Nicaragua pros­ti­tutes study law to help oth­ers

The China Post - - INTERNATIONAL - BY BLANCA MOREL

Cony’s usual work clothes are tight-fit­ting out­fits that show off her curves as she waits for clients at the bar.

But to­day she has put on a mod­est flower-print dress to at­tend her first law class, one of 60 sex work­ers who are train­ing to be­come vol­un­teer “fa­cil­i­ta­tors” in the Nicaraguan jus­tice sys­tem.

Cony — short for Con­cep­cion Jar­quin — learned early on to sur­vive in a hos­tile world, and now hopes to use her street sense to help oth­ers de­fend them­selves.

Raped by a neigh­bor at age six, she dropped out of school in shame and left home to es­cape the re­bukes of her mother, who blamed her for what hap­pened.

Forty years and count­less hu­mil­i­a­tions later, this lively, smil­ing woman is study­ing part-time in a con­fer­ence room at the Supreme Court to learn the ba­sics of the Nicaraguan civil and crim­i­nal codes.

She will then be sworn in to act as a li­ai­son be­tween res­i­dents of her im­pov­er­ished neigh­bor­hood and an of­ten in­ac­ces­si­ble jus­tice sys­tem.

The free, year- long course, which meets once ev­ery two months, was or­ga­nized by the Sun­flow­ers Sex Work­ers’ As­so­ci­a­tion, a group set up three years ago to help pros­ti­tutes get med­i­cal care and pro­fes­sional train­ing.

It is part of a broader ini­tia­tive that has trained 4,300 fa­cil­i­ta­tors across Nicaragua in the past 17 years to me­di­ate in neigh­bor­hood con­flicts — ar­gu­ments be­tween neigh­bors, dis­putes over money, etc. — or get help from sup­port groups or the po­lice in more se­ri­ous cases.

The pro­gram has been so suc­cess­ful at re­duc­ing the caseload of the over­bur­dened court sys­tem that eight other Latin Amer­i­can coun­tries have adopted it.

But this is the first time sex work­ers are tak­ing part.

Maria Dav­ila, the head of the Sun­flow­ers as­so­ci­a­tion, said pros­ti­tutes are ideal for the job.

“We are fighters who know how to over­come and find bread to feed our fam­i­lies,” she said at the in­au­gu­ra­tion of the pro­gram.

“We are women with rights and abil­i­ties ... ca­pa­ble of help­ing our sis­ters and their fam­i­lies.”

Help­ing Oth­ers Es­cape Abuse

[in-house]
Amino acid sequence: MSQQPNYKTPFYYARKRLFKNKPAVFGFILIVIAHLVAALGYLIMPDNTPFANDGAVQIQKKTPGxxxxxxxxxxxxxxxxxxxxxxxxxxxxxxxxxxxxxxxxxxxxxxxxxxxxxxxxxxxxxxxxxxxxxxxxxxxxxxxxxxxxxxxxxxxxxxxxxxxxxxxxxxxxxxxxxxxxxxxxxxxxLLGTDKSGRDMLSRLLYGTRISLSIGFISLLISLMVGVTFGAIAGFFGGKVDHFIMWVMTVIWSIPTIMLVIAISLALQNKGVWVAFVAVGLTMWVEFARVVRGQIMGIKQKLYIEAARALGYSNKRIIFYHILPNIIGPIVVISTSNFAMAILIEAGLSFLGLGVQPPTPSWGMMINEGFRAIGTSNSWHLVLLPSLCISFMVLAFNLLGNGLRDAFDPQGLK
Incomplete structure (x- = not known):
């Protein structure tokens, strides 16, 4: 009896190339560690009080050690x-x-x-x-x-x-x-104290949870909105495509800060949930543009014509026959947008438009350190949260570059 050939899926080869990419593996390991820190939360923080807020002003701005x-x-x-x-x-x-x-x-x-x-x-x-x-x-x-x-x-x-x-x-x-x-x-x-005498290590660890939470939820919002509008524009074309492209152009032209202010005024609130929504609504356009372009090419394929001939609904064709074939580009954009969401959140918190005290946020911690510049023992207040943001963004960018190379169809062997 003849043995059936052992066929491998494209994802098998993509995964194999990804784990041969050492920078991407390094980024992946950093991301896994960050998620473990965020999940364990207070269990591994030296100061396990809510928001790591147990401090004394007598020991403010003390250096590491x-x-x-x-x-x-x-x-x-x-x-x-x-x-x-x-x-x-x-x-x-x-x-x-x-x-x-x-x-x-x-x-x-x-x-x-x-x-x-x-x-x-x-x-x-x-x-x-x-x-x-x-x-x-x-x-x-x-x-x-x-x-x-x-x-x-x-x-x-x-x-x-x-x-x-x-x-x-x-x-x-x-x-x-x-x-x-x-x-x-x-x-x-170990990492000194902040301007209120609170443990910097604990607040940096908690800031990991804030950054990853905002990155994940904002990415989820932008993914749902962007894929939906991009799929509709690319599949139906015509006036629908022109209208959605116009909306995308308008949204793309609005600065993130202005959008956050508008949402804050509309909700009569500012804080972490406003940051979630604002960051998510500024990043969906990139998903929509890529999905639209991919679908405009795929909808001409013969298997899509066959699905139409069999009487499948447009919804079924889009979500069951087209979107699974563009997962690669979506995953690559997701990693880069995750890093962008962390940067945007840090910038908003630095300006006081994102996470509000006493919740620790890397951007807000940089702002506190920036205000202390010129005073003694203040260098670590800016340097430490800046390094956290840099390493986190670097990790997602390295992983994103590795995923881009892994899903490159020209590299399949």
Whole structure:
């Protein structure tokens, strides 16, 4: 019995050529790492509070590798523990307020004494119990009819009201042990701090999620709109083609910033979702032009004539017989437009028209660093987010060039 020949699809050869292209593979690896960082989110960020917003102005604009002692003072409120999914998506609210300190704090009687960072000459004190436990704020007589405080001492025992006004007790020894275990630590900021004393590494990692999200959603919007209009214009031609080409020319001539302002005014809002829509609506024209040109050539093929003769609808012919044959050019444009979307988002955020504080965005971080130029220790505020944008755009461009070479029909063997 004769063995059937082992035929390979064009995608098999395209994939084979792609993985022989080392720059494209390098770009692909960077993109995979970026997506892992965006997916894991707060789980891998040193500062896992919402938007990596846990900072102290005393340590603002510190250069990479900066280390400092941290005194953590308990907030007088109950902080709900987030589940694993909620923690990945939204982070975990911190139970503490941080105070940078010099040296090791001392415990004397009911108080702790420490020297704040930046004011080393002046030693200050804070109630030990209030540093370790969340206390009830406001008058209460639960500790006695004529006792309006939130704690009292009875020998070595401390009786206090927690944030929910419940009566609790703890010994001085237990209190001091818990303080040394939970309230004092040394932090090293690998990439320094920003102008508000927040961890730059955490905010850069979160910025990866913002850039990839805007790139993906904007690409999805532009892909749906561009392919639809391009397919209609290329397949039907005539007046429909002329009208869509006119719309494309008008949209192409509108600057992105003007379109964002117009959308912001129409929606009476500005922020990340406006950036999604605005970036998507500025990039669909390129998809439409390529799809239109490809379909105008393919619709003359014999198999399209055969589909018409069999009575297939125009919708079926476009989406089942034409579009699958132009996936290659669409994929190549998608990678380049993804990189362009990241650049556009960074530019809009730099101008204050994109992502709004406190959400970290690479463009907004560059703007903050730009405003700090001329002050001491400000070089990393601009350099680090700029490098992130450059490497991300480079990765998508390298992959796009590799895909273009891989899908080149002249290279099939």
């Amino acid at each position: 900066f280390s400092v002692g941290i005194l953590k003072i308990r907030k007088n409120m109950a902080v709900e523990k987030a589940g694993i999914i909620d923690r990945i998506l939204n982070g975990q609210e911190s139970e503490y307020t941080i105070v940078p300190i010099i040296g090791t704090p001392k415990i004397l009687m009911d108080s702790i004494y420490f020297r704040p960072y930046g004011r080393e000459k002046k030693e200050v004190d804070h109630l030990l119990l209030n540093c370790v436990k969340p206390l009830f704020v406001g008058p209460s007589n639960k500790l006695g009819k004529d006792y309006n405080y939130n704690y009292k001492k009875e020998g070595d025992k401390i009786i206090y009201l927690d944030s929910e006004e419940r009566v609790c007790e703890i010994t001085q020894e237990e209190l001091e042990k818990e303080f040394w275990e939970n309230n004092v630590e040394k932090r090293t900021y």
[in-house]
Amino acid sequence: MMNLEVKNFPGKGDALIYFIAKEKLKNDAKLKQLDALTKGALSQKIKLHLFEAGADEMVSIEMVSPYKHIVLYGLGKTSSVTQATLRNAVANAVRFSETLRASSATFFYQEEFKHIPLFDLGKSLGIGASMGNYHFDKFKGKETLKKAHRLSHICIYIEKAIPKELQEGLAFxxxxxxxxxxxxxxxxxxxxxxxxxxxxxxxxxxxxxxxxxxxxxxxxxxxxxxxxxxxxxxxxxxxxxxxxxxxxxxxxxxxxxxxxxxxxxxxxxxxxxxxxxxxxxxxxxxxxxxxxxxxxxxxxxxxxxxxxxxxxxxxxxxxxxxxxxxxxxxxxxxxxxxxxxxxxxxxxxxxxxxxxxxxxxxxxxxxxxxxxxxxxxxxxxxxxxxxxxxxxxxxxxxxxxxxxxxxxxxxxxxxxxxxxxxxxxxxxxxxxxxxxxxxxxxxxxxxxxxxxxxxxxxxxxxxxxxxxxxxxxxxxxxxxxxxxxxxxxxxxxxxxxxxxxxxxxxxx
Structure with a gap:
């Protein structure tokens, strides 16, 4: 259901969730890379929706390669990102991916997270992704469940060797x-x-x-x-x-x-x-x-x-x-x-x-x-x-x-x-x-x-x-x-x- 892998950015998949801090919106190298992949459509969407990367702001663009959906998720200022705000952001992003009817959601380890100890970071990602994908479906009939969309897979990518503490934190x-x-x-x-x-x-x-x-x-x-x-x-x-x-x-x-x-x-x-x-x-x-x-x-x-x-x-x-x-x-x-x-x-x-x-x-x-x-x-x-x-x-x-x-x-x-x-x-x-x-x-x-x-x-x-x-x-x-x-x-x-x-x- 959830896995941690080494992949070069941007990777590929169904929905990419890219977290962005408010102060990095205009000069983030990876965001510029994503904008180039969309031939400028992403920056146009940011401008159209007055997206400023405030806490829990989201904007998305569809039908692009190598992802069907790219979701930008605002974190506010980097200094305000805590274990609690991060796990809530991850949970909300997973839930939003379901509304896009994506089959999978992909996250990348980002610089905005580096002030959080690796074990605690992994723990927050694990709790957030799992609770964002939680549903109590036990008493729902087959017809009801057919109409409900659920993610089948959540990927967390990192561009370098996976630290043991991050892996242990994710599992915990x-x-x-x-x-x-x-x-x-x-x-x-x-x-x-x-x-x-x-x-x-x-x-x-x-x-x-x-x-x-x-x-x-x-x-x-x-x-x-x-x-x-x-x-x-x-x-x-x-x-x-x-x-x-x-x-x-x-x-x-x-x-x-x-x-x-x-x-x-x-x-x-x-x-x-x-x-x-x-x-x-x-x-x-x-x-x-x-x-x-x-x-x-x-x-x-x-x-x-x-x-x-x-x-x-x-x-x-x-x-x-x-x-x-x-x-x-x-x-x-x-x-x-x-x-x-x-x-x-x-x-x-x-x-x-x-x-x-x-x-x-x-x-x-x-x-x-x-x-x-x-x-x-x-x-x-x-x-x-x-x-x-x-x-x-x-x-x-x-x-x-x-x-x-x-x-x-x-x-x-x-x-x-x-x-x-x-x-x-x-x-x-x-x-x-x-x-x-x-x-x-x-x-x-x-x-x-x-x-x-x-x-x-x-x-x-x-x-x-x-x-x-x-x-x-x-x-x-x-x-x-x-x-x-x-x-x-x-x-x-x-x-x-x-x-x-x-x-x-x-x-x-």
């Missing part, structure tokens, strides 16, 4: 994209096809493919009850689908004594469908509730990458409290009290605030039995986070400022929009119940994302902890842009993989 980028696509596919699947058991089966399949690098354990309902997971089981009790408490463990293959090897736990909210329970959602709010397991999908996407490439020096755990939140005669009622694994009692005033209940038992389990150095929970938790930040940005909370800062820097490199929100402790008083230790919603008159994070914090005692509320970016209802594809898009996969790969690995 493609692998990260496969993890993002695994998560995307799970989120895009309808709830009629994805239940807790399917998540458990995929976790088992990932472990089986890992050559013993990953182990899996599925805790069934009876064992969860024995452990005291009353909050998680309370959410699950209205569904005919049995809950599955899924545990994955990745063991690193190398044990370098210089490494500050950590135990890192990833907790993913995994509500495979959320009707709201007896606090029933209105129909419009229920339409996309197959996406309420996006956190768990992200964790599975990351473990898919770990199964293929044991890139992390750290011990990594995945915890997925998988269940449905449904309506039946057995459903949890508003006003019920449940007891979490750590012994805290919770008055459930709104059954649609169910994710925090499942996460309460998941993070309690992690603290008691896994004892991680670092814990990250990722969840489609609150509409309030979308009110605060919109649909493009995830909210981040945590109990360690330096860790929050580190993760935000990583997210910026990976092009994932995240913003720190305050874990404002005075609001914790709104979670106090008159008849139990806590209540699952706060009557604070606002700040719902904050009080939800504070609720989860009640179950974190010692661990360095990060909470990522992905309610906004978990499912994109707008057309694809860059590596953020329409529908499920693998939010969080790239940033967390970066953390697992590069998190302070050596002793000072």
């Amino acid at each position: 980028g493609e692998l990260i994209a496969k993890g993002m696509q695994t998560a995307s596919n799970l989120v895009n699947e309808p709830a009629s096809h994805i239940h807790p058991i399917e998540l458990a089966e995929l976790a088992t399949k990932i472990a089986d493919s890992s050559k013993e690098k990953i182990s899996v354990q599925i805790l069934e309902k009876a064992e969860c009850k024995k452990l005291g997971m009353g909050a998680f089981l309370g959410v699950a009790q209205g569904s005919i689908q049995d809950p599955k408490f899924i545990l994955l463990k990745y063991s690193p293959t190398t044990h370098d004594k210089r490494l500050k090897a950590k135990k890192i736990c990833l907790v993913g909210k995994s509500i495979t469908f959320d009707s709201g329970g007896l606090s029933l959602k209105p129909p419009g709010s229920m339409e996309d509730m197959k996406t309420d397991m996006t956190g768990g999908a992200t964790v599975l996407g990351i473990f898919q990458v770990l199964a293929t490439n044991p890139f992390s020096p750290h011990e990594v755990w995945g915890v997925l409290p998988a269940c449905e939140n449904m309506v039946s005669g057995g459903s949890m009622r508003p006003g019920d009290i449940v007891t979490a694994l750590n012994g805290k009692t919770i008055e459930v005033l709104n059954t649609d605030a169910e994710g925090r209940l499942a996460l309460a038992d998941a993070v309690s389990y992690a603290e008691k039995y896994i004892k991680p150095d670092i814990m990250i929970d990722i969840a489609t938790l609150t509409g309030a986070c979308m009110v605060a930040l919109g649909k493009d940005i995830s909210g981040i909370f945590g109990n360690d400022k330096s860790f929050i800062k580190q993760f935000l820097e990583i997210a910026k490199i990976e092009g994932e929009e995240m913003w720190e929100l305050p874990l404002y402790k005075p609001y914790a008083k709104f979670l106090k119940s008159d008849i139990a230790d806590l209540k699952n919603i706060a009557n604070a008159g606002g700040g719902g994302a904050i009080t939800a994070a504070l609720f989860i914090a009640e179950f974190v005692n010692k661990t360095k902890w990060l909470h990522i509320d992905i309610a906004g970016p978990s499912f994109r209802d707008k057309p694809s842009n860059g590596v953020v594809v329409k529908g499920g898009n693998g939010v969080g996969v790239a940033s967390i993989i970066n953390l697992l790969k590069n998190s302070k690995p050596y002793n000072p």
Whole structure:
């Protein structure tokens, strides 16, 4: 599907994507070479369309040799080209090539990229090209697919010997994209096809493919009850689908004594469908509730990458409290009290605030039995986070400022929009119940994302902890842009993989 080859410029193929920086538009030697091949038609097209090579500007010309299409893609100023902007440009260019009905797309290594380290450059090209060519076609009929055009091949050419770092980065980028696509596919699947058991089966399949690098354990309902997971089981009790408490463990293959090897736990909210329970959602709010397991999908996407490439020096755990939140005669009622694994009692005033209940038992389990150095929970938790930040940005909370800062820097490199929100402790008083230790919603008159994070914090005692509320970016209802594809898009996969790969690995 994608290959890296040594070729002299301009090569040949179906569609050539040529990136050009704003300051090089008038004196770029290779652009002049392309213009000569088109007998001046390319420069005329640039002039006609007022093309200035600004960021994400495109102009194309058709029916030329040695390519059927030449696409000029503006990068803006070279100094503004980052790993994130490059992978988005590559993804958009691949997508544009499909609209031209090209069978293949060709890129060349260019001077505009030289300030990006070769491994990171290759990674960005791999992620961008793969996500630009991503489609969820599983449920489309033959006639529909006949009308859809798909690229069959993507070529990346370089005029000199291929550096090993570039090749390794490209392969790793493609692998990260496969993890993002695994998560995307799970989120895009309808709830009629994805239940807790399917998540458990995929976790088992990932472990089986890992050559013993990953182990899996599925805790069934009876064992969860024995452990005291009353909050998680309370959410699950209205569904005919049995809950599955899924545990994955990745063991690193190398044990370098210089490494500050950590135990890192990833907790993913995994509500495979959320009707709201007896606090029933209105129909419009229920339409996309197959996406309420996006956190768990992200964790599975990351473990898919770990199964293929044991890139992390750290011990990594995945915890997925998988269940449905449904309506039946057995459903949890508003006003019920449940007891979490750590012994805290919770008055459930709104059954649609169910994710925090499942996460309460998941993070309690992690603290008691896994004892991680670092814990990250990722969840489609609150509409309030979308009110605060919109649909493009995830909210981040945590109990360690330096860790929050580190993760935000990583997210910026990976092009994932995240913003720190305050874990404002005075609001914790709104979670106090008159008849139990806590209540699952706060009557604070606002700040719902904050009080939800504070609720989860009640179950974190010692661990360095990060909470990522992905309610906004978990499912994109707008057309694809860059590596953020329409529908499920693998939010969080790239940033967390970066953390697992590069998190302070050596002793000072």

For Cony, it is a chance to serve her com­mu­nity and re­gain some of the dig­nity lost do­ing her other job.

“See­ing a stranger on top of you is hor­ri­ble. It’s not a dig­ni­fied job. It’s dis­gust­ing. But that’s how we feed our chil­dren,” she told AFP at the small shack made of scrap wood and plas­tic where she lives in the city of Mata­galpa.

Cony, who has light brown skin and del­i­cate fea­tures, turned to pros­ti­tu­tion to raise her two chil­dren, and con­tin­ues work­ing to sup­port her three grand­chil­dren.

She has slept with men of nearly ev­ery kind imag­in­able, she said: “Farm­ers, of­fice work­ers, col­lege grad­u­ates, pas­tors, priests, politi­cians...”

Nicaragua, a coun­try of six mil­lion peo­ple, has some 14,000 pros­ti­tutes.

Of­ten they are abused by clients, tar­geted for rapes and mug­gings, have no health care and face dis­crim­i­na­tion by the po­lice.

An­other woman tak­ing part in the course, Alon­dra — her name has been changed at her re­quest — de­scribed the hor­rors sex work­ers can face.

“I was raped twice. Once by a gang of 10 peo­ple in Managua. nearly lost my mind,” she said.

The 36-year-old, who does not earn enough to make ends meet in her day job as a house­keeper, said she hopes to help oth­ers es­cape the abuse she has faced.

“I’m go­ing to en­rich my­self more, em­power my­self more and use what I learn to help peo­ple,” she said.

There is no short­age of con­flicts to re­solve in th­ese women’s neigh­bor­hoods.

In Cony’s, for ex­am­ple — a slum called Sor Maria — neigh­bors live prac­ti­cally on top of each other in tiny shacks made of plas­tic and scrap metal. The only source of wa­ter is a truck that passes ev­ery two days sell­ing it in jugs.

Dis­putes, fights and do­mes­tic vi­o­lence are a daily re­al­ity.

Ye­se­nia Al­ston, a 35-year-old par­tic­i­pant in the pro­gram, said

I she is “proud to be a sex worker” but also look­ing for­ward to do­ing more in her com­mu­nity.

The course “is an op­por­tu­nity to help our fam­i­lies and our fel­low sex work­ers, to use the knowl­edge we’re ac­quir­ing to de­fend our rights,” she said.

AFP

Sex worker Con­cep­cion de Maria Jar­quin, 46, drinks a beer at Bar Flor in down­town Mata­galpa, 125 kilo­me­ters from Managua on March 27.

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